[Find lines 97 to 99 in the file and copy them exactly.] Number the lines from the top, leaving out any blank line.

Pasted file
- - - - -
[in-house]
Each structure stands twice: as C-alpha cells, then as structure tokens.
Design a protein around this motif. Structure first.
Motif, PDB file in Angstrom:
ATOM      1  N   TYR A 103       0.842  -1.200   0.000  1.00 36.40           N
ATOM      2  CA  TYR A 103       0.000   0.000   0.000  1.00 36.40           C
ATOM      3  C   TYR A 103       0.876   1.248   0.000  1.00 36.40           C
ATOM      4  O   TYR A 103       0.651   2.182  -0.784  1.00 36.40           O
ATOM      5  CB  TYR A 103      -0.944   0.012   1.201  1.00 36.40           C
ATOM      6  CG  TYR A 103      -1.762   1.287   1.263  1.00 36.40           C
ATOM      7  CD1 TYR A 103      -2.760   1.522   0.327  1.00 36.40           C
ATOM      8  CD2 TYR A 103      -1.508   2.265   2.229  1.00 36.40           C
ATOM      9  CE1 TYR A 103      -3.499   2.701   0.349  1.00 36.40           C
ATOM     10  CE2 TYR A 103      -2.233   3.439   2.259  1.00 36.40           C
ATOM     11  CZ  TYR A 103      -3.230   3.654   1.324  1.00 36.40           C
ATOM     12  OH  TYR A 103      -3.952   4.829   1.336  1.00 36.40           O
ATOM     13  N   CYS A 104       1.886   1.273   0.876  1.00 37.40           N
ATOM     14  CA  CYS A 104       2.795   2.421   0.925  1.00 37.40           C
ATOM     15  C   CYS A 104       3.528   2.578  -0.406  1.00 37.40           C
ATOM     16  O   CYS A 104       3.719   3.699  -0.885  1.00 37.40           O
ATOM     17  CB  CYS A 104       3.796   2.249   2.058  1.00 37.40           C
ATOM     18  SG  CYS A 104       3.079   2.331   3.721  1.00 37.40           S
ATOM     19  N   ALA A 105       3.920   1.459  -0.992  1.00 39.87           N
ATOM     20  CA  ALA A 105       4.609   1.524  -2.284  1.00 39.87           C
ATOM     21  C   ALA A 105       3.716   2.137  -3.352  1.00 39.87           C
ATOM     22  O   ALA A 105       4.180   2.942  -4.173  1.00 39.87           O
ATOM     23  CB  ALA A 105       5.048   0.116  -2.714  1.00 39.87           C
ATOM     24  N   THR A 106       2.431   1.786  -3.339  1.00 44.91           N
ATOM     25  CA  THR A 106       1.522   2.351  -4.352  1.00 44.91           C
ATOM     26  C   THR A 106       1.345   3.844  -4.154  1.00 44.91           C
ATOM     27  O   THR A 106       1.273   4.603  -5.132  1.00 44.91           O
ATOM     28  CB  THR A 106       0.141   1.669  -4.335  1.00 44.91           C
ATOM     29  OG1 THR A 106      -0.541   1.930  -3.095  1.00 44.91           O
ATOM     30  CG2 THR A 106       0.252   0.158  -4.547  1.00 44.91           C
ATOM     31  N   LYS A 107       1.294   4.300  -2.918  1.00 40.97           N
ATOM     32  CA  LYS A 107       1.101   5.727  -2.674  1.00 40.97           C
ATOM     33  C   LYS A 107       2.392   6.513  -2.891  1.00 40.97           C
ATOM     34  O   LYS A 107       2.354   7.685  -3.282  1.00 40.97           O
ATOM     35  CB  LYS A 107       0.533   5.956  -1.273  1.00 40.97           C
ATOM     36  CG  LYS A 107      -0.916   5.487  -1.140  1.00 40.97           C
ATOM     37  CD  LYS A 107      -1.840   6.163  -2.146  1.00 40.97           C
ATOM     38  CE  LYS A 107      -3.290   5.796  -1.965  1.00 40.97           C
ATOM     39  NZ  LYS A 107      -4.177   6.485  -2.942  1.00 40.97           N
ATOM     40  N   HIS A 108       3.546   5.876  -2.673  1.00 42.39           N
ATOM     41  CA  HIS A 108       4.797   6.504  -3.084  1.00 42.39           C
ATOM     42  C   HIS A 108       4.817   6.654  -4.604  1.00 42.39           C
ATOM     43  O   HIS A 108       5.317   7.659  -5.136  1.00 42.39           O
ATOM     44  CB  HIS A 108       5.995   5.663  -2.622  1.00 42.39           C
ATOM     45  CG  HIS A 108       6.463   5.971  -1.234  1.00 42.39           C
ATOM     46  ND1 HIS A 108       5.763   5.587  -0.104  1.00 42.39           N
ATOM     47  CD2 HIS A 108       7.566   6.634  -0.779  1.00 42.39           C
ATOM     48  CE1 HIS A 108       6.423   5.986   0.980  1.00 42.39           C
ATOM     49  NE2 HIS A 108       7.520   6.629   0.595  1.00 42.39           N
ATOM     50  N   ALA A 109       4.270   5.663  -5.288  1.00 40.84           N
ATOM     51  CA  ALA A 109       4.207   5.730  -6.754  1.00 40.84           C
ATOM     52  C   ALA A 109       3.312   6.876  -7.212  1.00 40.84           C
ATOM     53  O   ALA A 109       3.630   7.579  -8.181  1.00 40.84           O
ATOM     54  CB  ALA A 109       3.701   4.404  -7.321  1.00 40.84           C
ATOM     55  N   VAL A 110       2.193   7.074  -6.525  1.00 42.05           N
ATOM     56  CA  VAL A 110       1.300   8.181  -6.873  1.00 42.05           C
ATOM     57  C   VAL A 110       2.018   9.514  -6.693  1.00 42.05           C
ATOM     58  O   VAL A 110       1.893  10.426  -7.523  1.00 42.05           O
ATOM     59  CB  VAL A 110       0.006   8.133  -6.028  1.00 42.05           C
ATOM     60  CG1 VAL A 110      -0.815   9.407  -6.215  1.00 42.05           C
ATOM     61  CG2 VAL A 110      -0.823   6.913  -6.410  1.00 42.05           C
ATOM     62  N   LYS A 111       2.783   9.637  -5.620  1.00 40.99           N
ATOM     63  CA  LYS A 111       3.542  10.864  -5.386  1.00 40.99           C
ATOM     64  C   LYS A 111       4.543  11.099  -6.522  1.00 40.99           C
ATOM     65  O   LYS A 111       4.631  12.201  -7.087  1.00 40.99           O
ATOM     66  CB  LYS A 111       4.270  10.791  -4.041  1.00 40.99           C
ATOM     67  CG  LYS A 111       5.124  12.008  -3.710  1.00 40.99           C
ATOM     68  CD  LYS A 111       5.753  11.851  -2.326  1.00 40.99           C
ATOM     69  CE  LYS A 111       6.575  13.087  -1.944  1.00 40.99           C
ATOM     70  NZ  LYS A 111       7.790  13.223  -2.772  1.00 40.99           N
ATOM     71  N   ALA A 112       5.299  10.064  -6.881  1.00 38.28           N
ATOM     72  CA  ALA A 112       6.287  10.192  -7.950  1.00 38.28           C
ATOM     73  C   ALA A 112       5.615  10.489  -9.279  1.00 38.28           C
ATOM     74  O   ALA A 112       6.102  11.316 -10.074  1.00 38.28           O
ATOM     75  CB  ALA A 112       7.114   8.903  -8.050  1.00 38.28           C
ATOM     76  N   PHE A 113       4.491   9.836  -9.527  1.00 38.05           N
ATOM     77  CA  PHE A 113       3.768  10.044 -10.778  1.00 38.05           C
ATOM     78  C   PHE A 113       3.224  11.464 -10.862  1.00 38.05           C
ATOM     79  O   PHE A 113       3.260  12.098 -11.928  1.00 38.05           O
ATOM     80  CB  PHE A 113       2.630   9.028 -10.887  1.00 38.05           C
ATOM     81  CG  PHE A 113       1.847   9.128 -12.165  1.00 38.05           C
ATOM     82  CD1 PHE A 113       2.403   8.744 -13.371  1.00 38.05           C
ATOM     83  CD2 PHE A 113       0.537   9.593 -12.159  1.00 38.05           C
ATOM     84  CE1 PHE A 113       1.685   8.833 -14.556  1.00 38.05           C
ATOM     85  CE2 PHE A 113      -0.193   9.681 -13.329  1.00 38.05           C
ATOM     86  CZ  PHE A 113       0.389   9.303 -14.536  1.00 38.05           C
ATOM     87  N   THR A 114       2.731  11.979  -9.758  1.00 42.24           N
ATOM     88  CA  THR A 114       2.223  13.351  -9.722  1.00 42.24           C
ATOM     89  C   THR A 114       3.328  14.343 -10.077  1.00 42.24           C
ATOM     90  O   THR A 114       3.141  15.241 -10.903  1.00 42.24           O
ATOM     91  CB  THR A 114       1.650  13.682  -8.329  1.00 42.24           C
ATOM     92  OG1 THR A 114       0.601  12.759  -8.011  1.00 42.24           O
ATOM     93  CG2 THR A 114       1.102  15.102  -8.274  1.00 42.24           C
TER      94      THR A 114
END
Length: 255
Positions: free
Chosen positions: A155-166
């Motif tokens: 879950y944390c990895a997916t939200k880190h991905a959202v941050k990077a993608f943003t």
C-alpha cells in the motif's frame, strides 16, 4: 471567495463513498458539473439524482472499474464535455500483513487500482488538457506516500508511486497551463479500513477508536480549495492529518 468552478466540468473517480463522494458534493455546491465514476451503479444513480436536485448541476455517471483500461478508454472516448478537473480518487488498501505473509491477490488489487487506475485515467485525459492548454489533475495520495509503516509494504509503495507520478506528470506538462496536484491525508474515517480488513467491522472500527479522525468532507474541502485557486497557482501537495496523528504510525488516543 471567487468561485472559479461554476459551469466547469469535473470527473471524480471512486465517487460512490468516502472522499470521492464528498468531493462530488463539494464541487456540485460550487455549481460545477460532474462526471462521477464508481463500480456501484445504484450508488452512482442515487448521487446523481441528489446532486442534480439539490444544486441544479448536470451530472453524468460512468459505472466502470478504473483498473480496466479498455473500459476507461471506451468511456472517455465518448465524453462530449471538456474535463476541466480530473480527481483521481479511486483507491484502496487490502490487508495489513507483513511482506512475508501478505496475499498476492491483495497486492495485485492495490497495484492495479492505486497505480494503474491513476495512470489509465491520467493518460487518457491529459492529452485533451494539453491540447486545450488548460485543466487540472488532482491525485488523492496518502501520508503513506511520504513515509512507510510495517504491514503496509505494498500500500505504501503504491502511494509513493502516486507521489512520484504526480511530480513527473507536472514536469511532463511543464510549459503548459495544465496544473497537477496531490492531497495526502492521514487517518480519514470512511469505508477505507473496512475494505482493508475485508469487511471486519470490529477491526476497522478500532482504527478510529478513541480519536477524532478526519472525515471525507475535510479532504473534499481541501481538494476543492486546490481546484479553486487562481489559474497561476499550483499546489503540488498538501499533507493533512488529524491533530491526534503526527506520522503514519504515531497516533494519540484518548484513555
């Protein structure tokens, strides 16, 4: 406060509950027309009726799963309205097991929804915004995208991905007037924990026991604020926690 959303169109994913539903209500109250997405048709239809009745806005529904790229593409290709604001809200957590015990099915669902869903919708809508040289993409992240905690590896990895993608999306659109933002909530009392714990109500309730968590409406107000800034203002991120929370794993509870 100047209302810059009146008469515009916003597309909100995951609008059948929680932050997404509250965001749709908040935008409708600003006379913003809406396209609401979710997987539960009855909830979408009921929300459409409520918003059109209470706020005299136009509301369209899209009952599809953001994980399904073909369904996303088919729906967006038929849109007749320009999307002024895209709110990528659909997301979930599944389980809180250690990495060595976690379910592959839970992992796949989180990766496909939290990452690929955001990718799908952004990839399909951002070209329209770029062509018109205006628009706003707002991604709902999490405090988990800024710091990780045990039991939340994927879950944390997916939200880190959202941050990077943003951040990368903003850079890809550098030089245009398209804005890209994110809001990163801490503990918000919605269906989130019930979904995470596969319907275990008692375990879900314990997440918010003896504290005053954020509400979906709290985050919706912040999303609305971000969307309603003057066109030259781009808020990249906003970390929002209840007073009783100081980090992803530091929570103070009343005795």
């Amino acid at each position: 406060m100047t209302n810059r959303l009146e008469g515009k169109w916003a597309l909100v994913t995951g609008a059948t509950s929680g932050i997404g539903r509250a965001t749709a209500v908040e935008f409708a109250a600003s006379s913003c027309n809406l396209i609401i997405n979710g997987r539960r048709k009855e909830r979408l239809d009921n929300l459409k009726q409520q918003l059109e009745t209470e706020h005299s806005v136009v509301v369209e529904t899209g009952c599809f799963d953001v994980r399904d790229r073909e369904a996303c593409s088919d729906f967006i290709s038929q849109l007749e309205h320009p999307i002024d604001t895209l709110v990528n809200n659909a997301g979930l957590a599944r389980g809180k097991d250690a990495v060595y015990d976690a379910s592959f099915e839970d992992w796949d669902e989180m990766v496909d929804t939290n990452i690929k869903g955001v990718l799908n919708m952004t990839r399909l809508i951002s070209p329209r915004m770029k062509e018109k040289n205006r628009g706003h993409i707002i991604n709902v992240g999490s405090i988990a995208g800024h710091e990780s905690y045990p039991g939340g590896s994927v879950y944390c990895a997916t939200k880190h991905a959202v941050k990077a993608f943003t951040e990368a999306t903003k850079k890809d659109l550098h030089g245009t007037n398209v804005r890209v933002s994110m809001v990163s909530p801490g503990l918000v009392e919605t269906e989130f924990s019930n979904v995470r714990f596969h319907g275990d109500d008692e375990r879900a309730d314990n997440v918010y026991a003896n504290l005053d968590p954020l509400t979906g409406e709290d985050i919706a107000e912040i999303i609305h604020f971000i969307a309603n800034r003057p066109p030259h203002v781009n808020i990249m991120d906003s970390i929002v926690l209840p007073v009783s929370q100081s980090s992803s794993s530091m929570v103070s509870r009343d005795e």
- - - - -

ATOM     93  CG2 THR A 114       1.102  15.102  -8.274  1.00 42.24           C
TER      94      THR A 114
END